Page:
8 debut TV seasons to watch before the end of 2018

While the rush of the end of the year seems daunting, it’s good to sit back and relax to take some time to yourself. While I obviously promote reading a lot, television is an easier escape.

Here are eight shows that mostly premiered this year that you can check out in their first and only season so far in their entirety right now. Two shows have their second seasons premiering in December; I’ve notated that in their blurb.

The Marvelous Mrs. Maisel (Amazon)
An Emmy-award winner that takes the best of Gilmore Girls (from the same creators) and Mad Men. Expect fast-paced witty dialogue coupled with cozy melodrama. Transport to 1950s New York City to follow the titular character as her husband leaves her and she finds her own voice through stand-up comedy. Season two premieres December 5, 2018.

Chilling Adventures of Sabrina (Netflix)
Halloween may be over, but you can avoid scary political discussions with that uncle by watching some teen witches get real dark. The Melissa Joan-Hart sitcom is far in the review window as this drama chooses to follow a horror comic book version of the half-human, half-witch teen. It can feel a little stiff, but it’s worth the payoff.

Homecoming(Amazon)
Based on the popular podcast of the same name, Homecoming explores the psychological effects the war has on soldiers. Julia Roberts was a case manager at a facility that helps transition soldiers back into civilian life. The real eerie twist comes years later when she discovers the real purpose of the facility was a lot more sinister.

Pose (FX)
Live. Work. Pose! Welcome yourself into a blooming drag house in the late-80s that was inspired by real life events. The story balances the queer community in Harlem with the  Wall Street lives of money hungry businessmen. This was the largest cast of transgender actors ever assembled for a major television production. For fans of RuPaul’s Drag Race and Joseph Cassara’s debut novel, The House of Impossible Beauties.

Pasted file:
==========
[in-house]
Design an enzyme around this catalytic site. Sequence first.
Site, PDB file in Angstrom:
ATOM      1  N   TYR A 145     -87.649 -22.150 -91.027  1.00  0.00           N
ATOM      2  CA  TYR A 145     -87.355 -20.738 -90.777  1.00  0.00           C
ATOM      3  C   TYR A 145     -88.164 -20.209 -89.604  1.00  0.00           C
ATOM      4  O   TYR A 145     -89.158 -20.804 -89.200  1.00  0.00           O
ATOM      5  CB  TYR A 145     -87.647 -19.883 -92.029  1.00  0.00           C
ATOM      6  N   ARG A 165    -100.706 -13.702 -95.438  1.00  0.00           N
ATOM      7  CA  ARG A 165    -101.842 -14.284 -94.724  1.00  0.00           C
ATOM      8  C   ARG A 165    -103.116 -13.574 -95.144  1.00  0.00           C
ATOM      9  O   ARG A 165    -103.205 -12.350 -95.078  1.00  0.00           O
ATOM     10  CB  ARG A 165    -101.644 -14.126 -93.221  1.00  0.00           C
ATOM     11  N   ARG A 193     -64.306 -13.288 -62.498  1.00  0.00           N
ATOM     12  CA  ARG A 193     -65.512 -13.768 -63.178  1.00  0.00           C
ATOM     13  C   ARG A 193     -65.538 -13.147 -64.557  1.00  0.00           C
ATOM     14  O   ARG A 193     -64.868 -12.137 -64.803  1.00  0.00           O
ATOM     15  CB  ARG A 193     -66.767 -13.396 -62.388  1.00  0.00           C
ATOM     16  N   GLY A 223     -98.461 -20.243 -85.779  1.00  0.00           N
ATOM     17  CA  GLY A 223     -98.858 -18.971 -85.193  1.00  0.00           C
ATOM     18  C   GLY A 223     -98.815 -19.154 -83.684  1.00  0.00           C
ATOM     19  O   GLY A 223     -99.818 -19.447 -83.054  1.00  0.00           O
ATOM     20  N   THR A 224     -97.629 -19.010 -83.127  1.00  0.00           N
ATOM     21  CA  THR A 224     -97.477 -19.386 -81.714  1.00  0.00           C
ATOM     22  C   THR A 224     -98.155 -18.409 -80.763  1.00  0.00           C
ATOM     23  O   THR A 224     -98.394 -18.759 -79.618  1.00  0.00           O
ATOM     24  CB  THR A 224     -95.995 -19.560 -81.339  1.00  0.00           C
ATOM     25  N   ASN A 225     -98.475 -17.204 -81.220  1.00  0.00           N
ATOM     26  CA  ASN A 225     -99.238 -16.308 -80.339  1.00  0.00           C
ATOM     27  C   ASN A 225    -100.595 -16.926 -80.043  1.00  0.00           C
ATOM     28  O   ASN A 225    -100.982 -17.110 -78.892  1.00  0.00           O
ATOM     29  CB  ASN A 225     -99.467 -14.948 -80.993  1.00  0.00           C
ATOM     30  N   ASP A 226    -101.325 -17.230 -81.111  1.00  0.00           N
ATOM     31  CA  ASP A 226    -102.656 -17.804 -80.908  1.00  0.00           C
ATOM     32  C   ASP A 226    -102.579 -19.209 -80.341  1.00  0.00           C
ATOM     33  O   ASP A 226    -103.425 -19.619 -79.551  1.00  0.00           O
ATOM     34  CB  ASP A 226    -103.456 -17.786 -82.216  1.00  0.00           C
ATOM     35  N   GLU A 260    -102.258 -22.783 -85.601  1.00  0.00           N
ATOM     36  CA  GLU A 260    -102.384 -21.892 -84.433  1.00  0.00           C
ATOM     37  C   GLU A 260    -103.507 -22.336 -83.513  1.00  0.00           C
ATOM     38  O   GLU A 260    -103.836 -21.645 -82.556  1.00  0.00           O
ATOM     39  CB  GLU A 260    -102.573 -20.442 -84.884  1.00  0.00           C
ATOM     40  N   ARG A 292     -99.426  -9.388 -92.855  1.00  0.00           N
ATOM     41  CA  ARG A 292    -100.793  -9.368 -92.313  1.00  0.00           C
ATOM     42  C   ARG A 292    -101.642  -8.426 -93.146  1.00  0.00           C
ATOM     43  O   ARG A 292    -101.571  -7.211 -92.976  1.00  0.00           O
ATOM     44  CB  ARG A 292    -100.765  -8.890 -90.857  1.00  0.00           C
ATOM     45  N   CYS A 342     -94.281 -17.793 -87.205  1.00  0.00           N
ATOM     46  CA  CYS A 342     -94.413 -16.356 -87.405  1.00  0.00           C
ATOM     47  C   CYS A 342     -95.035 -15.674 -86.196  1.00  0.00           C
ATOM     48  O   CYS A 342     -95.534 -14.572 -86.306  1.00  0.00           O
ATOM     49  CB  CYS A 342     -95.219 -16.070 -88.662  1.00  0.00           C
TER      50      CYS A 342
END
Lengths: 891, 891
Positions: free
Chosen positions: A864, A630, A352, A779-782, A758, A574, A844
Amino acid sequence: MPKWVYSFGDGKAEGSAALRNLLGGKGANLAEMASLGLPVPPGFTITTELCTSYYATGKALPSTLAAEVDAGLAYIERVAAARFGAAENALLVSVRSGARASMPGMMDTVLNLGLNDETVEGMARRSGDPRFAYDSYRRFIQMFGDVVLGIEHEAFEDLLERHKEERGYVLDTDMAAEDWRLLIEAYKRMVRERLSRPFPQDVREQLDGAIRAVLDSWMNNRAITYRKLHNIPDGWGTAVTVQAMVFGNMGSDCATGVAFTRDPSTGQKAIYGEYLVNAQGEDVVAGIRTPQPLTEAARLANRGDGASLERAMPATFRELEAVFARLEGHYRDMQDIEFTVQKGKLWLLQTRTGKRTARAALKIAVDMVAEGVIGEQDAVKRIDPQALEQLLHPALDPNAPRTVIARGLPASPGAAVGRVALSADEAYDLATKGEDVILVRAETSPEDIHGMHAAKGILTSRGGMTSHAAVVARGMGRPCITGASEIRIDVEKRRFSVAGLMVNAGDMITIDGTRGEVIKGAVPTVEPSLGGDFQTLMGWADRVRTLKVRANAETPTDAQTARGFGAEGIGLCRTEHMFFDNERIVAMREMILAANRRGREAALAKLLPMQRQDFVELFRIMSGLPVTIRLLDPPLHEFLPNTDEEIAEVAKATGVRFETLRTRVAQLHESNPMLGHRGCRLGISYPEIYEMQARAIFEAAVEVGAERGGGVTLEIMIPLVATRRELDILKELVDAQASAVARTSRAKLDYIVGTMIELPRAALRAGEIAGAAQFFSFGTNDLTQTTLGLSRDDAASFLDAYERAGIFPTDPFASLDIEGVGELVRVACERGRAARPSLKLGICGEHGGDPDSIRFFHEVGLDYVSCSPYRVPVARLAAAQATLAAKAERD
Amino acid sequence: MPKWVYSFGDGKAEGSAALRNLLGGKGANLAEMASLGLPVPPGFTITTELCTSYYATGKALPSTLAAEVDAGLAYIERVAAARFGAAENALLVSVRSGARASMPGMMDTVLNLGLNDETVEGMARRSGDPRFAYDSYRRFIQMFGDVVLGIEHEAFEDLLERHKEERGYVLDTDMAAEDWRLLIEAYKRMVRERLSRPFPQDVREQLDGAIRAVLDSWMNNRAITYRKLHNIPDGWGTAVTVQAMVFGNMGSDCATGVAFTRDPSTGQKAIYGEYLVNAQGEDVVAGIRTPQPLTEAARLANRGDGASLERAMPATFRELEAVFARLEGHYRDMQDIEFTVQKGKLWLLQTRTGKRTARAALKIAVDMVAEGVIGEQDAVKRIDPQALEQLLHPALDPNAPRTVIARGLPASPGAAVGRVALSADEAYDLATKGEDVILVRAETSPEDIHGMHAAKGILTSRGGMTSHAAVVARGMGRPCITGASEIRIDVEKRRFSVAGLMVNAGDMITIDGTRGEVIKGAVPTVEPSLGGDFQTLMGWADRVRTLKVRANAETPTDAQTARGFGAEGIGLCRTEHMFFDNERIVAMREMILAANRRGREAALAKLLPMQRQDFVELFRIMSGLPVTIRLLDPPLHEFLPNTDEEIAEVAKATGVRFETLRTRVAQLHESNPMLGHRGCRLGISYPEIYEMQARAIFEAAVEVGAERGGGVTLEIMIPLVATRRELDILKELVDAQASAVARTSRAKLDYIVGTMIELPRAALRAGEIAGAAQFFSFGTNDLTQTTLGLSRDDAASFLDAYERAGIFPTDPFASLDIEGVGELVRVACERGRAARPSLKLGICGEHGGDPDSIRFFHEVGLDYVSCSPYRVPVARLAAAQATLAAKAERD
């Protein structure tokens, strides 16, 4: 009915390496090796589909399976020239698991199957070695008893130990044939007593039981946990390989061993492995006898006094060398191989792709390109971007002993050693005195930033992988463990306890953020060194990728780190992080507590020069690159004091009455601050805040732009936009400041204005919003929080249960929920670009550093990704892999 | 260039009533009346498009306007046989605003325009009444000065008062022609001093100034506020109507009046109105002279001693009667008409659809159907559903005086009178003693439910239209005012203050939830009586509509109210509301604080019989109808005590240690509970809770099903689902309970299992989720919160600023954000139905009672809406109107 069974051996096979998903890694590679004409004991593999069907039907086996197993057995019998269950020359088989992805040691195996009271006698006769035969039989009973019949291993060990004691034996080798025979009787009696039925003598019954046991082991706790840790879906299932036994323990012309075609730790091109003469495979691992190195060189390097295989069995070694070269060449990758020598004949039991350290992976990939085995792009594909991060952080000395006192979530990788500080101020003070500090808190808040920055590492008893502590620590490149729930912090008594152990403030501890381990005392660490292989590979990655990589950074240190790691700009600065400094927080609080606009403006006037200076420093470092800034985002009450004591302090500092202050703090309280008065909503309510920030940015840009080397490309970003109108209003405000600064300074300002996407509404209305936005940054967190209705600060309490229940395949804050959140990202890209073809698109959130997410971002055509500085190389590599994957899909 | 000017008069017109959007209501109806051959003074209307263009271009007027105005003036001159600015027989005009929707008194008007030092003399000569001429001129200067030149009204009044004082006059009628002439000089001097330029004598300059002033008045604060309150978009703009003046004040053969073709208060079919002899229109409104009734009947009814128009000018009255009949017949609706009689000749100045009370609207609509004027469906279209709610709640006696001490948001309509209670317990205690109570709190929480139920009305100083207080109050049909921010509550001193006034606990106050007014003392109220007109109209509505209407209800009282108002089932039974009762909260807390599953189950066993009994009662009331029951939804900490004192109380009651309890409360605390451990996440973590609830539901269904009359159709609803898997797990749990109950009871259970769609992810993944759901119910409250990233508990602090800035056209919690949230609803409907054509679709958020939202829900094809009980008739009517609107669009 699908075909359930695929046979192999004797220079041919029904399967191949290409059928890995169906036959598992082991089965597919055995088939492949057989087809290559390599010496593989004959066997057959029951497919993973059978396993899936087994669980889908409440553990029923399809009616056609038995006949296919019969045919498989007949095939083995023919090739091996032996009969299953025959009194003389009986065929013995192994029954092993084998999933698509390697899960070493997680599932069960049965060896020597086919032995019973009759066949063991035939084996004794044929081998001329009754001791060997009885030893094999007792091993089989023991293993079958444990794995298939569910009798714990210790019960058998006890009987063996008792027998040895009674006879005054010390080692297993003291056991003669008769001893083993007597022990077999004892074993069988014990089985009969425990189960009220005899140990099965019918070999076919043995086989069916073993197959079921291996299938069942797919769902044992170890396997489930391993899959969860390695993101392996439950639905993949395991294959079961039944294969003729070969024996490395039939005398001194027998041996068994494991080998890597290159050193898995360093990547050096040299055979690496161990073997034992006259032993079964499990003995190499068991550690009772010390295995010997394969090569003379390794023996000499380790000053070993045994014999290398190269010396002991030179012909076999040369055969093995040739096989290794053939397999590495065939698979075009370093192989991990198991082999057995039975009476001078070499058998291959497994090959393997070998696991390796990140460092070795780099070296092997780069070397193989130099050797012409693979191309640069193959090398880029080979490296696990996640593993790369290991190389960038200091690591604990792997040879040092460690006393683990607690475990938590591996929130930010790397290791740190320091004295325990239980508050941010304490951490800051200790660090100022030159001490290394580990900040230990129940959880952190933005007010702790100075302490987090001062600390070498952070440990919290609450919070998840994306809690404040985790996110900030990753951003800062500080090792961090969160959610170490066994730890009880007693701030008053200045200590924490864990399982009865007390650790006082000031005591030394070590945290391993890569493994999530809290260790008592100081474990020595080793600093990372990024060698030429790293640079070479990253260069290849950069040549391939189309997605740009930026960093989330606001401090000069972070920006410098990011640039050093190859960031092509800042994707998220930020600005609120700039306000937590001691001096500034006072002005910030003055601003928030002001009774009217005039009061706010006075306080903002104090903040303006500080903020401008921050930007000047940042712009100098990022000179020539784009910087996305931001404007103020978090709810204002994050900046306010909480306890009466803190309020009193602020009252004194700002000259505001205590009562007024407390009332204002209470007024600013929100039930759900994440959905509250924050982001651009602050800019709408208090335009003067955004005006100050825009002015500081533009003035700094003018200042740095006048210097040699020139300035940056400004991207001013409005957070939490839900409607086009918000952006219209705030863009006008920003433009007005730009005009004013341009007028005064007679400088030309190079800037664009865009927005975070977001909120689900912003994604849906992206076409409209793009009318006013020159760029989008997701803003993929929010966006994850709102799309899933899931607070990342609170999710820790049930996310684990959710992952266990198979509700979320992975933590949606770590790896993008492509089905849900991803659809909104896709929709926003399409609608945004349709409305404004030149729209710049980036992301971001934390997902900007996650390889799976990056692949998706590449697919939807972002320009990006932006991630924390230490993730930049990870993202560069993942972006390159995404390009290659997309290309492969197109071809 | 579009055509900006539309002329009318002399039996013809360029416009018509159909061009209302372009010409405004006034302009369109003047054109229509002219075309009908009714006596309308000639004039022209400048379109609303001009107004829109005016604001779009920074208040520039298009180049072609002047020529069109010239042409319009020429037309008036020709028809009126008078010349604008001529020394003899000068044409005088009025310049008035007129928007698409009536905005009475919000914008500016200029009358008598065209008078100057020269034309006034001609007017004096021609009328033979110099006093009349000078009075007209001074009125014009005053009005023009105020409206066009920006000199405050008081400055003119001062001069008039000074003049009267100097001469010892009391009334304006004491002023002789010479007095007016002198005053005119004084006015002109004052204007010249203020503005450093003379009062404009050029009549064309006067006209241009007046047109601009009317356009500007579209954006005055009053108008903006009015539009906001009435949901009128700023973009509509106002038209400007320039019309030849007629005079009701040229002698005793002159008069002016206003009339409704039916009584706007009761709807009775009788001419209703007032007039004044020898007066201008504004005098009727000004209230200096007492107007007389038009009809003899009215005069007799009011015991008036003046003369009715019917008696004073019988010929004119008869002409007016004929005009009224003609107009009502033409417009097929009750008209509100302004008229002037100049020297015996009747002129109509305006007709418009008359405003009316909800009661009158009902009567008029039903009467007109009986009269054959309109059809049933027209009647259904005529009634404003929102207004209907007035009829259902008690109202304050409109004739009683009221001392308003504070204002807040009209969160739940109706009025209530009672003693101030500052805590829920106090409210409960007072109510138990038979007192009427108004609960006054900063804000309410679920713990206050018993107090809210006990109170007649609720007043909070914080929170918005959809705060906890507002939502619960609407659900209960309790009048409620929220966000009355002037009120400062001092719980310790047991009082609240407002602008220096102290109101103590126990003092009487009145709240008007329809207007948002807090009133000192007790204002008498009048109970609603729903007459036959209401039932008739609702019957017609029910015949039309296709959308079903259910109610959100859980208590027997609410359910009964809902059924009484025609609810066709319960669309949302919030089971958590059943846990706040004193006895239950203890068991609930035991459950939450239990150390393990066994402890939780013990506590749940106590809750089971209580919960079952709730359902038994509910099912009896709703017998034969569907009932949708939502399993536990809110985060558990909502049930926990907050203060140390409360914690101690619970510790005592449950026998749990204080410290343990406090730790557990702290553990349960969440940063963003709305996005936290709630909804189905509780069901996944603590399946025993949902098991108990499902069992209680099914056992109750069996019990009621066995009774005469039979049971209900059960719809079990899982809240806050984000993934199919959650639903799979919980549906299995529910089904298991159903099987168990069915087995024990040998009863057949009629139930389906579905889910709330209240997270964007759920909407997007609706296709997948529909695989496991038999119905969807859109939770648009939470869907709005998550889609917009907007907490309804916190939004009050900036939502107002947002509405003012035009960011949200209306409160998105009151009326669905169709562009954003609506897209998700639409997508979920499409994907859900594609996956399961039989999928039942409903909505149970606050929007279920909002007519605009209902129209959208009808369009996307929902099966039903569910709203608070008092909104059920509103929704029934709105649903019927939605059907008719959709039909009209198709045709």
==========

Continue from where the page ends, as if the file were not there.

Barry (HBO)
Bill Hader’s comedic chops are tweaked in this dark comedy. He was a longstanding bright spot on SNL and proved his dramatic skills in films like The Skeleton Twins. He finds the perfect balance as a hitman who becomes passionate about becoming a commercial actor. 

Everything Sucks! (Netflix)
This show was canceled after this one season. It’s a mid-level teen melodrama set in the 1990s. It hits all of your typical beats (some extremely well and some only so-so), but the characterization of the main characters is extremely unique. The young actors turn out some terrific performances.

Killing Eve (BBC America)
Expect a slow, drawn out murder mystery with this one. My sister, who prefers Bob’s Burgers and It’s Always Sunny in Philadelphia and rarely likes anything serious, swears by this show. Sandra Oh turns a brilliant performance as an obsessive MI5 officer.

The Runaways (Hulu)
Adapted from a comic series where teens with special abilities discover their parents are basically super villains, this is a good one for you and your teenage relatives to connect over. While it’s a superhero story, the teens are very well written and show the different facets of the world we live in today ranging from depression to immigration. Season two premieres on December 21, 2018 in its entirety. 

2018 in books

It’s only halfway through November, but I’m already done reading books published in 2018. I’m exhausted. Plus, I’m already diving into 2019 publications.

Narrowing my favorite books to ten works of fiction with an additional ten non-fiction books was hard. Normally, I cop out and just list a few dozen books in alphabetical order. This year, I attempted to rate the books in some semblance of an order. I considered books I fawned over during my initial read, ones I recommended the most since reading, and the ones I looped back to the most to find a breathtaking passage or standout line.